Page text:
Counselling, Mindfullness, Psychoanalysis, Psychotherapy, Reflective Practice, Spirituality, The Inner World

Read the Small Print

ImageI have just spent a frustrating day marking exam papers. Specifically a drug calculations paper. I came across several papers where the answer given by my student was at odds with the answer I had worked out. This gave me two options. Either the student was wrong or I was ! Given my poor maths I decided that the problem might be with me, not my student. Going back over the exam papers I saw that the student was giving the right answer to the exam question on their sheet. What had happened was that I had made a couple of mistakes when copying out the original questions to  make an answer sheet. To my relief I spotted the mistake before the marks went to the students and I was deluged with cries of “But you’ve marked my exam wrong, Terry.” (Which is always embarrassing for a lecturer- as well as making a lot of extra work.)

This reminded me of a story by the Jewish writer, Chaim Potok. In “The Chosen” one of the characters trains to become a Rabbi. Part of this training is in exegesis- in his case of the Torah. There is an incident where Dany, the protagonist, is taking part in a discussion about a particularly difficult text. Various explanations are offered which involve some bewildering and clever mental gymnastics. The text has to be understood as having been given directly and verbatim by God to Moses. A number of rabbinical explanations are explored, all of which seem to stretch the limits of intellectual credibility. Eventually Dany is asked for his opinion. His answer is along the lines of “It’s a copying error. If we put this word in place of the one that is there, the whole text is made clear.” This reply is greeted with outrage by Dany’s classmates who accuse of him of heresy. Their argument is that the Torah is-and has to remain- a sacred, unchangeable text. (If Moses wrote down exactly what God was telling him, how could there be any errors? For Dany to suggest that something a simple as a scribing error was the problem was to undermine the nature of Torahic authority. And thus challenge the certainty that here was the Word of God.)

This wish for certainty is always occurring in counselling. I met a man the other day who wanted help with his angry feeling towards his girlfriend. “I love her but she just presses all my buttons. I really need some help with managing my anger. Can you offer me something?” As the conversation went on I found my self wondering about what “copying error” might be happening. I had the growing feeling that this man had made his girlfriend his project-and that he did not have any unsuccessful projects. So I suggested that rather than look at anger management, perhaps it would be more useful for us if we looked at why he was staying with this woman if she so enraged him.This was clearly not the answer he wanted to hear. It undermined his view of the text of their relationship. He left telling me that he would ring me if he wanted to work with me. (So far my phone has not rung!)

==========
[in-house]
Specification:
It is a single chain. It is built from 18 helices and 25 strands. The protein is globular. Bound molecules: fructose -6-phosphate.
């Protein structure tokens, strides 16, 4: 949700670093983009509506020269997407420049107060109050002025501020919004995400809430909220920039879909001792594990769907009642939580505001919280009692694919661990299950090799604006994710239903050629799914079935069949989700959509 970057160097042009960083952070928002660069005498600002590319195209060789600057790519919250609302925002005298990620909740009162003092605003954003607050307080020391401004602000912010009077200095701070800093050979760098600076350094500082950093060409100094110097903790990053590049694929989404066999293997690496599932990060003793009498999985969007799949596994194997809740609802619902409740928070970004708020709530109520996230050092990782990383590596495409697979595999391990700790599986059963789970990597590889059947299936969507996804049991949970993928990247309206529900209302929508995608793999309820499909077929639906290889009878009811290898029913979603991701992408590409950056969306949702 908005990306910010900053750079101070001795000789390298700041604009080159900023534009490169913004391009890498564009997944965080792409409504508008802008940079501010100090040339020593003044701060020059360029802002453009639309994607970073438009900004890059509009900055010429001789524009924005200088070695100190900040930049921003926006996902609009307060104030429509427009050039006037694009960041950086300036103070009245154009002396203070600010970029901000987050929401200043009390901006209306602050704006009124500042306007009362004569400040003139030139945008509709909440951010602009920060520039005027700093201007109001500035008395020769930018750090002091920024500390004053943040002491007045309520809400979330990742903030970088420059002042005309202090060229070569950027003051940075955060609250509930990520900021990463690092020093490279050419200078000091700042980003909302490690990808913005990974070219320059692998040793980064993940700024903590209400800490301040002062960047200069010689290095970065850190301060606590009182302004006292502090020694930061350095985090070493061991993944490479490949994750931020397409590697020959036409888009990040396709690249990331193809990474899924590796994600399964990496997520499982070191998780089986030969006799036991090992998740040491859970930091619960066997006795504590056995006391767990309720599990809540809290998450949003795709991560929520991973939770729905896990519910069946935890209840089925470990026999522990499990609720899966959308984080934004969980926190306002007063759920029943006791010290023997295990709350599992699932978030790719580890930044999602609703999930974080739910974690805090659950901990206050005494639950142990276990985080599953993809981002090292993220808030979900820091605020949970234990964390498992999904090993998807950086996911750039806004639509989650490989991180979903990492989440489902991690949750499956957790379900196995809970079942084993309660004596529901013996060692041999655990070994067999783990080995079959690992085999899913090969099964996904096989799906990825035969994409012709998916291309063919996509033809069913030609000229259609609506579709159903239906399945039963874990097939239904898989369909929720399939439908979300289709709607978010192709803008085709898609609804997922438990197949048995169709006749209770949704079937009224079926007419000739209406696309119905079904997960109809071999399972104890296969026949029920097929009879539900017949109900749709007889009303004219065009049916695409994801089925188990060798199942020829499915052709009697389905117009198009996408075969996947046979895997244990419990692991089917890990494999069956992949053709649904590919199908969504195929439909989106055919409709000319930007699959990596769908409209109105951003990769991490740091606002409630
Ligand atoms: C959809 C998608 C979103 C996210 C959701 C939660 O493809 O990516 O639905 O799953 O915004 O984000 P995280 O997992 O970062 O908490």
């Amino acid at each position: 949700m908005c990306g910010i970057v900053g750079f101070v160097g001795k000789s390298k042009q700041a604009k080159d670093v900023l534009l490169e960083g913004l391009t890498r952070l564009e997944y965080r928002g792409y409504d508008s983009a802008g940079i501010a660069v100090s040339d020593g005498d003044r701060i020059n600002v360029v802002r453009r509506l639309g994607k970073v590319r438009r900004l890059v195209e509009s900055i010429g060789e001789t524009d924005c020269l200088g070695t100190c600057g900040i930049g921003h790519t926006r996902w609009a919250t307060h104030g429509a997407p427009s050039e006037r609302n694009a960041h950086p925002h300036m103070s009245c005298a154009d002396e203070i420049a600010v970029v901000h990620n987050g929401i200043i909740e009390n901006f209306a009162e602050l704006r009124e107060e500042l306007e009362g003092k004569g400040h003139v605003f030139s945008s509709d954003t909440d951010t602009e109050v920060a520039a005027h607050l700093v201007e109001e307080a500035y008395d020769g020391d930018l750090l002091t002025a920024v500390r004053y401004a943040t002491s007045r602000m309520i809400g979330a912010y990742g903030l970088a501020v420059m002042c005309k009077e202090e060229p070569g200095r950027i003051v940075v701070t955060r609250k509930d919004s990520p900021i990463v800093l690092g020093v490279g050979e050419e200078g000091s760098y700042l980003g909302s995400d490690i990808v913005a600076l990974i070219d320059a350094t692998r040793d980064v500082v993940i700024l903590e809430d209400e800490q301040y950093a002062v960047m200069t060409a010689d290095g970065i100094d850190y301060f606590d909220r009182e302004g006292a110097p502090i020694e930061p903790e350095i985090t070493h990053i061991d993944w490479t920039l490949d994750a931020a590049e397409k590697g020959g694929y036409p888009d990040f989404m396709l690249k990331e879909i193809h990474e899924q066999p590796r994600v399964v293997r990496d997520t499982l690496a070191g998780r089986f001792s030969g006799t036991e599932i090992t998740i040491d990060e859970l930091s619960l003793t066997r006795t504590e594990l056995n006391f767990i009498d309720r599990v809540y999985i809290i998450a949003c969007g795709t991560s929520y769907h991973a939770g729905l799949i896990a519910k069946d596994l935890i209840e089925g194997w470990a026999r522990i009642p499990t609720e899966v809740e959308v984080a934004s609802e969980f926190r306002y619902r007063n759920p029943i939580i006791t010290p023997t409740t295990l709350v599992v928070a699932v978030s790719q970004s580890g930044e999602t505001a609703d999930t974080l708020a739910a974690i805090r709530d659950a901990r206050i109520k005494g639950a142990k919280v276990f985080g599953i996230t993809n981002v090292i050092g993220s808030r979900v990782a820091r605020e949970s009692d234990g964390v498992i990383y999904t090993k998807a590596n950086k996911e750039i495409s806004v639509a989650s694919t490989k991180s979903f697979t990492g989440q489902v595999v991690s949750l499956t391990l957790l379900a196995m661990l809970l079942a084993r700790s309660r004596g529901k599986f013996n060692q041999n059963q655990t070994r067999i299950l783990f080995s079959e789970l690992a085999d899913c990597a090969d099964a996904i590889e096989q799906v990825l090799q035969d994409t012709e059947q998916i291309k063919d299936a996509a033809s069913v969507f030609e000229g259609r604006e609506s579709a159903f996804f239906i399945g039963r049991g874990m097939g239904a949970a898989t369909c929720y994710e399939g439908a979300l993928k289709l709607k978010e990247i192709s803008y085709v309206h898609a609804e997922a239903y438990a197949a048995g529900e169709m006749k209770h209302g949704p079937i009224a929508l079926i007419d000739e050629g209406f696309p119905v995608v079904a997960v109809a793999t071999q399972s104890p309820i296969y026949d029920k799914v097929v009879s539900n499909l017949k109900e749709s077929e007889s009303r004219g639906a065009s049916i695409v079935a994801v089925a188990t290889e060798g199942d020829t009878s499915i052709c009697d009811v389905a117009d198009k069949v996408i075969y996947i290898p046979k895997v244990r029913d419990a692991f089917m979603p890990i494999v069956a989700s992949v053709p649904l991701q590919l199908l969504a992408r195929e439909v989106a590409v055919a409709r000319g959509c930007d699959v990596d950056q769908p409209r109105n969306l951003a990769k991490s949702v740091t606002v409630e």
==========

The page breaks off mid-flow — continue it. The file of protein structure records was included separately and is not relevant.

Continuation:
As I have written before, I spent a number of years in Christian fundamentalism trying to convince myself that Billy Graham’s slick motto “God said it, I believe it , that settles it!” could work-or work for me! If there was a problem or a difficulty the fault had to be mine. Not God’s. Or the Church. Or the world view of fundamentalism. I had misread the text.

I can think of another patient whom I saw who was in an abusive relationship. His wife was an alcoholic who, when drunk, would become physically and verbally abusive towards her husband .He also came for anger management. After three or four sessions it became apparent that my patient did not have any anger management problems. his problem was why he would remain with a woman who treated him so badly. Like my more recent example, this man was unwilling to try and think about what kept him in this relationship. For both of them I was expected to agree with their reading of their text. Any suggestion  that a variant reading might be possible and helpful was not needed.

I see so often in clinical practice the price paid by people desperate to cling to a given world view- no matter the cost to themselves. Any suggestion that there is a copying error and that a different way of thinking might be helpful is anathema to them. Which always feels very sad.


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